The Occasional Bluesfester’s Review for the 2018 Festival

Hussy Hicks

In 2018, I visited Bluesfest as part of a small community radio contingent and with the biggish sports carnival being planned up in the big smoke, I unfortunately couldn’t spare the full five days to experience the event’s comprehensive schedule. Bluesfest has always been a wonderful opportunity for a few local Gold Coast acts to build their fan bases and it’s been great to see the programming team cut deals to include SEQ bands, and performers from the Gold Coast in the schedule each year. This year was no different, with Little Georgia, Hussy Hicks, Tay Oskee, the Hanlon Brothers and Harry J Hart – all linked in various ways to the Coast – getting opportunities to show off their latest material and stagecraft at the biggest blues festival in Australia.

But it’s not just about the Gold Coast. So here’s my seven highlights of the event, in ascending order, to whet your appetite for next year’s Bluesfest 30th birthday party. You really do need to get a ticket in advance for at least one day, if not the whole event. Be assured it will be an experience you’ll remember forever.

  1. Gold Coast artist Rebecca Cunningham paints guitar cases. Really, really well. Amongst other disciplines of course, Cunningham executes her artistic prowess, but at Bluesfest she plied her trade at the Byron music tent and on Delta Stage with the impressive busking comp winners from the Sunny Coast “Sametime”. Mixing art and music was a fun highlight, with a Sunny/Gold Coast sibling twist.
  1. Hailing from Northern Ireland, Ryan McMullan’s voice knocked my socks off. His Jambalaya Stage set was super, which we checked out on a tip from (Brothers Calling) Ash Perrow’s sister, and I’ve no doubt his melancholy tunes backed by his powerful voice have many a festival yet to play in his yet relatively young career.
  1. Who doesn’t love the funky vibes that Burleigh boys Hanlon Brothers bring? Their stage show has found new feet, and a few new band members, without compromising their audience engagement. Highlight song of the festival might have been the improv piece “Beer Goggles” from Friday’s performance. Classic!
  1. I love Prince’s music. You just have to dance and move your body. His band of more than two decades, New Power Generation, delivered an awesome homage to the music and had everyone singing the Samuel L Jackson version of the Bible on Good Friday evening, with love expressed in a variety of colourful and meaningful ways.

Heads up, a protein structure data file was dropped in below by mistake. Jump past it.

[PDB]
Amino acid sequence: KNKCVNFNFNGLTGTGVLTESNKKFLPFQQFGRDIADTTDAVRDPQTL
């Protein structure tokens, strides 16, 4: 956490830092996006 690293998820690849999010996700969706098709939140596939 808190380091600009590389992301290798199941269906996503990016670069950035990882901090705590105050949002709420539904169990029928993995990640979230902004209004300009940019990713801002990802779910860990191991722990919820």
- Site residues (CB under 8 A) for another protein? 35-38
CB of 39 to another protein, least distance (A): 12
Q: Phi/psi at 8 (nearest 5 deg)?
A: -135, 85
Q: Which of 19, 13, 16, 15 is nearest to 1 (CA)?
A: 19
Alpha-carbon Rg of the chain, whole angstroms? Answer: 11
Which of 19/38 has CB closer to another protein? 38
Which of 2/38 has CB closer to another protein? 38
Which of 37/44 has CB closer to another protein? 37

1. Following on from an uplifting set from the California Honeydrops, Jose Gonzalez was one of my drawcards for the festival and I loved his laid back tunes, many of which everyone knew and they sang religiously along. A few in my row indicated surprise that he didn’t look very Swedish, but as I closed my eyes I found my mind settling and chilling out to his mindful and sensitive lyrical sermons on how the world might be a better place if we focussed on working together, responsibly, backed by his rhythmic guitar picking. I loved his performance.
  1. I’ve seen the Hussy Hicks play quite a number of times now. But this concert was different. Whether it was the green button Julz lamented she had pressed on the second song, or whether the stars just aligned at that moment, HH’s Sunday set at the Juke Joint was the best I’ve ever seen them play, and if not for the otherworldly performance of Etheridge, would have been my festival highlight. Leesa voice was magic, Julz finger picking amazing, and the electricity on stage was palpable. The Gold Coast stalwarts picked up new fans that day for sure, and a Cairns festival producer standing next to me commented that she’d be in contact to book them for her Atherton tablelands event later this year. Nice!
  1. Somebody really did need to bring Melissa Etheridge some water by the end of her set. She changed up some dozen guitars, including a few incredible looking 12 strings, communicated energy and enthusiasm throughout her performance and saved the best for last with a passionate performance two hours in of “Like the Way I Do” that had punters young and old wondering what had happened. Melissa Etheridge was the queen of the festival in my eyes. She just nailed it. Or possibly brought the dead to life, given it was Easter Sunday not Good Friday we saw her. If you have an opportunity to see Etheridge, perhaps in the now-twilight of her career, get a ticket. You won’t be disappointed.

See you next year, Bluesfest.

IMAGE (c) Danny Santangelo


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